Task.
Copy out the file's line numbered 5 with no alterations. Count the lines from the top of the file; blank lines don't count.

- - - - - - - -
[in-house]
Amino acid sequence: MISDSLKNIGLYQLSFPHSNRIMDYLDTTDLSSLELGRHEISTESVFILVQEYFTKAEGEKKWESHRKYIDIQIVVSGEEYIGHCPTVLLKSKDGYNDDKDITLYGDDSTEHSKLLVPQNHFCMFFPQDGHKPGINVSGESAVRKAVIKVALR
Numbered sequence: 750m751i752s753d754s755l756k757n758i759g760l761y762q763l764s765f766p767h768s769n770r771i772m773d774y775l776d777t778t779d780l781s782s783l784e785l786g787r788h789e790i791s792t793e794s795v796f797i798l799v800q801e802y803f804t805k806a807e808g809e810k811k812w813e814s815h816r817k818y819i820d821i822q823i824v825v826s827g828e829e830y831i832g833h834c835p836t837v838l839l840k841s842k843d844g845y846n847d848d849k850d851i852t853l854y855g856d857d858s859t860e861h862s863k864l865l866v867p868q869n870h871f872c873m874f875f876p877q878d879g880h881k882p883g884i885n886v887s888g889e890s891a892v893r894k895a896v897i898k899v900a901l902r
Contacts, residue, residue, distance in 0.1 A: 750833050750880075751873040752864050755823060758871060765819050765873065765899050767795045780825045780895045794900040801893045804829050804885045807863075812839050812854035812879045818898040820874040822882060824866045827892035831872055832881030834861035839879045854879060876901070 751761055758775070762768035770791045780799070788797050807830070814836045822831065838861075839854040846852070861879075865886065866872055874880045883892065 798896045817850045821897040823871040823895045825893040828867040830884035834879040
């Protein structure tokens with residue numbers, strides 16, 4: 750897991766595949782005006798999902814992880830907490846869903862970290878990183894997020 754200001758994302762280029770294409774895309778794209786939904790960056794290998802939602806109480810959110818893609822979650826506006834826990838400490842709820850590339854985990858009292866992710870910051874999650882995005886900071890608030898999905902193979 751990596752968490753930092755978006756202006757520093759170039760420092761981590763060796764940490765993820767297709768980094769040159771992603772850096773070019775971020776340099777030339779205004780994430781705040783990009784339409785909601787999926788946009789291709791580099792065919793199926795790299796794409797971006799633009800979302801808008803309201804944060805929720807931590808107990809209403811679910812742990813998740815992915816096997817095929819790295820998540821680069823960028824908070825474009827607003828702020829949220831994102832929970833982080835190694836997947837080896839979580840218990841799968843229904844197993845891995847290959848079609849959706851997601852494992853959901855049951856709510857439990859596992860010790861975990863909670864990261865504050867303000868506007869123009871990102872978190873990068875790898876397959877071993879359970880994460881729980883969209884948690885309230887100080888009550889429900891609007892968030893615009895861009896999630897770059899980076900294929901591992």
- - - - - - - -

């Protein structure tokens with residue numbers, strides 16, 4: 750897991766595949782005006798999902814992880830907490846869903862970290878990183894997020 754200001758994302762280029770294409774895309778794209786939904790960056794290998802939602806109480810959110818893609822979650826506006834826990838400490842709820850590339854985990858009292866992710870910051874999650882995005886900071890608030898999905902193979 751990596752968490753930092755978006756202006757520093759170039760420092761981590763060796764940490765993820767297709768980094769040159771992603772850096773070019775971020776340099777030339779205004780994430781705040783990009784339409785909601787999926788946009789291709791580099792065919793199926795790299796794409797971006799633009800979302801808008803309201804944060805929720807931590808107990809209403811679910812742990813998740815992915816096997817095929819790295820998540821680069823960028824908070825474009827607003828702020829949220831994102832929970833982080835190694836997947837080896839979580840218990841799968843229904844197993845891995847290959848079609849959706851997601852494992853959901855049951856709510857439990859596992860010790861975990863909670864990261865504050867303000868506007869123009871990102872978190873990068875790898876397959877071993879359970880994460881729980883969209884948690885309230887100080888009550889429900891609007892968030893615009895861009896999630897770059899980076900294929901591992």